Anyone who knows Nigel may be surprised to learn that he is a fan of model railways. At his home in Bramhope he had an entire bedroom devoted to a spectacular lay-out. The trains ran around the wall at waist height on a modified “dado” rail with a customised removable section behind the door. The “pièce de résistance” was how he had tackled the problem of the fitted wardrobes. Instead of going around, he went straight through, with tiny ornate brass hinged doors at either end of the tunnel!
1992 saw major changes to ADAS, a move to an Executive Agency of MAFF and demise of the discipline structure. Nigel became manager of the Crop Science Team, with specialists also in entomology, soil science and agronomy. In 1996,the R&D Team had to leave its base at Leeds in order to save costs on accommodation and was amalgamated with the Crops and Livestock Team at High Mowthorpe, the ADAS Livestock Research Centre near Malton on the Yorkshire Wolds. Later in 1996, an opportunity arose for him to join the Central Science Laboratory at its new facilities at Sand Hutton near York. He now leads the Crop Disease Research Team, more familiarly known to the older generation as the Disease Assessment Team, responsible for the national surveys of diseases of arable crops. The team also undertakes research on epidemiology, forecasting and control of diseases of crop plants.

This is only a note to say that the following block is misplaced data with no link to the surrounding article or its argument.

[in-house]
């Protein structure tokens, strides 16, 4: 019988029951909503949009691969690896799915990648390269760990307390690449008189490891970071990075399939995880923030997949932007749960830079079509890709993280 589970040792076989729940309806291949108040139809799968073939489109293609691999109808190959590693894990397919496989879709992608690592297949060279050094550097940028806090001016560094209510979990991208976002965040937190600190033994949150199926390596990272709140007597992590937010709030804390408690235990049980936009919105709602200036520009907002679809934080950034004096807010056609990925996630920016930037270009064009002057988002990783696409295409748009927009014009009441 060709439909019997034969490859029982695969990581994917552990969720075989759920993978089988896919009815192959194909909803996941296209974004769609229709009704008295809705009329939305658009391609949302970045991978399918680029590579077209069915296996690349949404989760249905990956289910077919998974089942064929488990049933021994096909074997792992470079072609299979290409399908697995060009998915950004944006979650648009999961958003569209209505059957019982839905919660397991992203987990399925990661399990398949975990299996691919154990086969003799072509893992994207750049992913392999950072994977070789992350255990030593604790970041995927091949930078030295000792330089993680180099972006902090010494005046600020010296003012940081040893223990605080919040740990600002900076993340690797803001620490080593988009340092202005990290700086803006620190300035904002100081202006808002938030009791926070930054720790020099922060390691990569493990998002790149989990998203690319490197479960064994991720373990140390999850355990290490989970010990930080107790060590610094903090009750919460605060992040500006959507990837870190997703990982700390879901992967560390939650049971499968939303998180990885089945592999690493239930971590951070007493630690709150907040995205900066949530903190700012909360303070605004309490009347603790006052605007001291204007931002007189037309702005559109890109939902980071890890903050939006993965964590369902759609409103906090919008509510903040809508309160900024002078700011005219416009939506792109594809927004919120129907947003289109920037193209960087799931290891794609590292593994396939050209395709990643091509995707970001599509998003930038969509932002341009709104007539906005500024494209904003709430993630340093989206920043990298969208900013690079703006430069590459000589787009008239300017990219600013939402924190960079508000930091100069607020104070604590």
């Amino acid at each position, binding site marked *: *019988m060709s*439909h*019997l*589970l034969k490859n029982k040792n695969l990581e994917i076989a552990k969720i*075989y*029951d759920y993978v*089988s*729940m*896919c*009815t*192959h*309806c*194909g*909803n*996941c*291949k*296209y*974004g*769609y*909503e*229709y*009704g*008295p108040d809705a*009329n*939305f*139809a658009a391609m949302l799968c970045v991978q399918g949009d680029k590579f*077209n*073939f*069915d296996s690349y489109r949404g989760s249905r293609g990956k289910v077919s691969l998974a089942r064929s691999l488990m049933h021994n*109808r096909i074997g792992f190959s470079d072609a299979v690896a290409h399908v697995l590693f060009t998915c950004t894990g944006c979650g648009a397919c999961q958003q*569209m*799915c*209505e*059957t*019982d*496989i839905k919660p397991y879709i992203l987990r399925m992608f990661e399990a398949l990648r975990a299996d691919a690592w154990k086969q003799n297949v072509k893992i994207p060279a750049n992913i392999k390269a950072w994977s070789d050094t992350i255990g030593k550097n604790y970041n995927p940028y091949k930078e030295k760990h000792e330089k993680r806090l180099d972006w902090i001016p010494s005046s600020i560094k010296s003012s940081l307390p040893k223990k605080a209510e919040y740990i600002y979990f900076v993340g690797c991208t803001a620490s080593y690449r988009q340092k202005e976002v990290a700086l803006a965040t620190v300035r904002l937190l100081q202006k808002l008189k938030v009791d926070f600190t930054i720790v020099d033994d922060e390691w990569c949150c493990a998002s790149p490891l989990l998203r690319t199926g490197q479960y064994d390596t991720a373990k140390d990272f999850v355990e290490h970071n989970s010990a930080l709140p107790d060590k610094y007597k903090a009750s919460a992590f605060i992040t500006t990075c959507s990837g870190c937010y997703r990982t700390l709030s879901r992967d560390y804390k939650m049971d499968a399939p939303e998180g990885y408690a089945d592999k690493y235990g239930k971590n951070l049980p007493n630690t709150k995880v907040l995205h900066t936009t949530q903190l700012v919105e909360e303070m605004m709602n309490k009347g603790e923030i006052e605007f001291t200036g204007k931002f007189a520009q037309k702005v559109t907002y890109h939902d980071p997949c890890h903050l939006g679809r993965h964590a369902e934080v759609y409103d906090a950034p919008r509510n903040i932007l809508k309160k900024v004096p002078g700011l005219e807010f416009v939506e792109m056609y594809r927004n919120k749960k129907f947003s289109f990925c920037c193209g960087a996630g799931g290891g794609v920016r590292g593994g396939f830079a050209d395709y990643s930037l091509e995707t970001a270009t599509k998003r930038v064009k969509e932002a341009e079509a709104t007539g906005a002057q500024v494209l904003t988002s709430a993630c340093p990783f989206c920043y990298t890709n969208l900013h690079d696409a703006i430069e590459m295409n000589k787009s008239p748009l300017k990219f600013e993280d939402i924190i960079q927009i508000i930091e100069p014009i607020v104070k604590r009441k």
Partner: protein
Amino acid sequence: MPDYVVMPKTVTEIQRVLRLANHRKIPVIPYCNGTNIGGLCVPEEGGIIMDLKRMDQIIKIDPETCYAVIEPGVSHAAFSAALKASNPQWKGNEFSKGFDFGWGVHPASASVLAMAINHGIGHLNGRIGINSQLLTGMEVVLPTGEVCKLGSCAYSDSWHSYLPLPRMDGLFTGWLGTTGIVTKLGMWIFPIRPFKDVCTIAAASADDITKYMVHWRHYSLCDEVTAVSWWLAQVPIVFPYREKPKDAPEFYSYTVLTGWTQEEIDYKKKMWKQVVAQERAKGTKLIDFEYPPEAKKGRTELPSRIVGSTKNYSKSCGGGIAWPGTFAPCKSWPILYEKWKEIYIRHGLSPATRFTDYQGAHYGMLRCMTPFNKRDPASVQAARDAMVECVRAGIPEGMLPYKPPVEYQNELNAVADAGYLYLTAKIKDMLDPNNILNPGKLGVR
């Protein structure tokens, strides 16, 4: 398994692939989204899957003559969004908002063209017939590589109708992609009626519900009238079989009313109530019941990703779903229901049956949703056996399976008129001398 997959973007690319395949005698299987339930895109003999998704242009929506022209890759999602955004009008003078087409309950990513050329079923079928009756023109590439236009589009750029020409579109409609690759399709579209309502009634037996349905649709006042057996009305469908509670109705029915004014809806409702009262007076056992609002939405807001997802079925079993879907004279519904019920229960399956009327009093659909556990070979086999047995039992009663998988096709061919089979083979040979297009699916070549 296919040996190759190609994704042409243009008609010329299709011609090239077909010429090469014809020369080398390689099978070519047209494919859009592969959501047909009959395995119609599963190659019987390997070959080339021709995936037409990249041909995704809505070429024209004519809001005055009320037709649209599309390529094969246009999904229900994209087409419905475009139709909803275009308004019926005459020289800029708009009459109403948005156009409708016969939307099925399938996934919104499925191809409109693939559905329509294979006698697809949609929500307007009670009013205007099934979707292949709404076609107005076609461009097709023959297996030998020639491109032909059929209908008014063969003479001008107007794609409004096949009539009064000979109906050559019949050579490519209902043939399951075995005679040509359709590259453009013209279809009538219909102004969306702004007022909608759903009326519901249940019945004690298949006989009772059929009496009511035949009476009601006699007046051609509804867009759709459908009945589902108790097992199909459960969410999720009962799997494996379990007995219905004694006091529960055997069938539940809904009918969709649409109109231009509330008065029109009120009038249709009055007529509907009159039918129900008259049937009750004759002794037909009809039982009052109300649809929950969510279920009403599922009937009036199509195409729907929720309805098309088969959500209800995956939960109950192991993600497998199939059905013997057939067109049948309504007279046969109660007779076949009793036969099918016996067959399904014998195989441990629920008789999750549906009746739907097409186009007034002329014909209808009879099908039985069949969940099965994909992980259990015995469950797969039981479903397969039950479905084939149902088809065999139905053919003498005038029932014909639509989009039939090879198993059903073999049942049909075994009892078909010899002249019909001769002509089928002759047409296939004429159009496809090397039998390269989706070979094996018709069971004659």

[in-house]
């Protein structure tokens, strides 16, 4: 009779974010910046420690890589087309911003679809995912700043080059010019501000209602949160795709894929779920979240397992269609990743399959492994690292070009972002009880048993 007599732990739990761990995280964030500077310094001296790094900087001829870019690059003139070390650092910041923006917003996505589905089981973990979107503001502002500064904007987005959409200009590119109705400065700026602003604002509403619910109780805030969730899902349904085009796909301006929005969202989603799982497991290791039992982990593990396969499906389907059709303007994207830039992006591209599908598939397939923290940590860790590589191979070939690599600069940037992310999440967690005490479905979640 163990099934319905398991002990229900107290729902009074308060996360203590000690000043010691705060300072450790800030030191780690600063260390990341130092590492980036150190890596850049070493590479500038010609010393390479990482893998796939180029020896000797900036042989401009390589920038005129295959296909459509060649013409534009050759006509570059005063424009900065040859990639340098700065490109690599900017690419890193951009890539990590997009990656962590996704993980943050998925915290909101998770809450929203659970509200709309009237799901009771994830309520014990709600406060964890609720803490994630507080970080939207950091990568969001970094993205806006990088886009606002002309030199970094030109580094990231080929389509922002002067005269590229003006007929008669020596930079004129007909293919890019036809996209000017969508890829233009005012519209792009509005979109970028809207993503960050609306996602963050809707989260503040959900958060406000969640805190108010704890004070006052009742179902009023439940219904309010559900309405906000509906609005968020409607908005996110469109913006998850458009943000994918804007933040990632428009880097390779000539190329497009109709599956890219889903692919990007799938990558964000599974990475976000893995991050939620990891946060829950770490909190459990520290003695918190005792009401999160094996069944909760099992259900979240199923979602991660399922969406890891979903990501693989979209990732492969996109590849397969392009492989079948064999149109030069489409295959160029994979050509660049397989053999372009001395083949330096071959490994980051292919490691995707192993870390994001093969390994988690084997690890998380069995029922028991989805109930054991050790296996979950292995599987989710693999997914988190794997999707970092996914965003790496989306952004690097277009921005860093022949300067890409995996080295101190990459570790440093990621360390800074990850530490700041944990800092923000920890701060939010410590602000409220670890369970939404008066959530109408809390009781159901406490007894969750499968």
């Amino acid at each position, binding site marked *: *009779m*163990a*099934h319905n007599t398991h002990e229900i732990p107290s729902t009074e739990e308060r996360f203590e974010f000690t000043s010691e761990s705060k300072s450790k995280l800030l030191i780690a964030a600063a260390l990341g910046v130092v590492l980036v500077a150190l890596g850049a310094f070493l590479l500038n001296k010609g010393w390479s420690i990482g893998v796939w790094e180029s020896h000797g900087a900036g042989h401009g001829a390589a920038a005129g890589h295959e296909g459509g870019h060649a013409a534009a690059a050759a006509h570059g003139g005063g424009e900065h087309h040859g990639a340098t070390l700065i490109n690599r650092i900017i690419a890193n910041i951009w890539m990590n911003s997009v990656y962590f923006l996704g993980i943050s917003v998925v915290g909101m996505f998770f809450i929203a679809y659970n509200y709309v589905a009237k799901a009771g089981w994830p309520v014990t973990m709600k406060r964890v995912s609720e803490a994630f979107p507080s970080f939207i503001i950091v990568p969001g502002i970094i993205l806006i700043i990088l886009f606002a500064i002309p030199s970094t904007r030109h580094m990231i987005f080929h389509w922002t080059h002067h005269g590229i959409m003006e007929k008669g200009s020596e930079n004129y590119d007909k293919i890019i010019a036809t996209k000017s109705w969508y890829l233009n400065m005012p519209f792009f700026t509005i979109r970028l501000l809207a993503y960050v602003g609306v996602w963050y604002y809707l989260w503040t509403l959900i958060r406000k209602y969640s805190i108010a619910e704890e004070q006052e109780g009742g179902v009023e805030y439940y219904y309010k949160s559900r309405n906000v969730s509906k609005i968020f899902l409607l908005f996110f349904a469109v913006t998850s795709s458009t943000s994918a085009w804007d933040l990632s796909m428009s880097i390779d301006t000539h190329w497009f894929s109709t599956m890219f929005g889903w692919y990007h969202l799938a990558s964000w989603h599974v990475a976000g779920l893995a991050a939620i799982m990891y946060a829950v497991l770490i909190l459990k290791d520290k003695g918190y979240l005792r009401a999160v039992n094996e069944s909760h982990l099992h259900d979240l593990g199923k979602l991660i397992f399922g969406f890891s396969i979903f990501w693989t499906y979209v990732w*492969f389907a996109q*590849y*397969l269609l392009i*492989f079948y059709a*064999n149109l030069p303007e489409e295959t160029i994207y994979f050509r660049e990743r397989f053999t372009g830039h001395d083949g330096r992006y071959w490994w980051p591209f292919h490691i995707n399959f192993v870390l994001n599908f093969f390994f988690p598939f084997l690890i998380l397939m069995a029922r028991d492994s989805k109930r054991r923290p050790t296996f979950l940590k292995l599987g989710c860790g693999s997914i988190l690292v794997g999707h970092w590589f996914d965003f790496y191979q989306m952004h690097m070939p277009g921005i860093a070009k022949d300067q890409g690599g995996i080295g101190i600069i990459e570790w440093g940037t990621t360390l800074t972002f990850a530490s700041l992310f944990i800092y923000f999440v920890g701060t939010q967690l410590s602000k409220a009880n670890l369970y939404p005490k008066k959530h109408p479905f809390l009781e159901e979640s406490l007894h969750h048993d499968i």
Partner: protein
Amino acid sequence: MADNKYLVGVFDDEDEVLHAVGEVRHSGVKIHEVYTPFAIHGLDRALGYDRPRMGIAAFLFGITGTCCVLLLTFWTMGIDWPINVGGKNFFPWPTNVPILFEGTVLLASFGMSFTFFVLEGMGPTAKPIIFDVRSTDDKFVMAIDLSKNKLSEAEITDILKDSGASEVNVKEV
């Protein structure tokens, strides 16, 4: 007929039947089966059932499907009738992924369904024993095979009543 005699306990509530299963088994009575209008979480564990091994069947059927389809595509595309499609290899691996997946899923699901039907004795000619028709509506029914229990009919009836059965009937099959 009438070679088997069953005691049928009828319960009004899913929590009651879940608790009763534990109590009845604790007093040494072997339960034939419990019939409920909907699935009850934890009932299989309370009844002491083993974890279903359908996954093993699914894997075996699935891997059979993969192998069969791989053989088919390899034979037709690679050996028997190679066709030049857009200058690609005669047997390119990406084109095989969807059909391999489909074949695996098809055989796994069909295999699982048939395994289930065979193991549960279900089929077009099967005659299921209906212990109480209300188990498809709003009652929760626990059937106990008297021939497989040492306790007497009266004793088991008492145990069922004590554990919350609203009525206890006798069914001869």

Nigel is a founder member of the Society, was a member of Council in 1986and served as the Society’s Secretary for seven years from 1987-1993. He is also chairman of the ISPP Extension Committee and Secretary of the Organising Committee for the 7th International Congress of Plant Pathology which is to be held in Edinburgh in August 1998.
Nigel, always modest of his own ambitions and achievements, is quiet, unassuming, and yet extremely efficient; his many years acting as secretary to BSPP on top of his busy ADAS schedule is testimony of this. To be closer to CSL, he recently moved to a new house from Leeds to Malton, where he now lives with his wife, Alison, two sons, Iain and Robert, and their two West Highland White terriers, Tara and Dougal.
HRI, Stockbridge House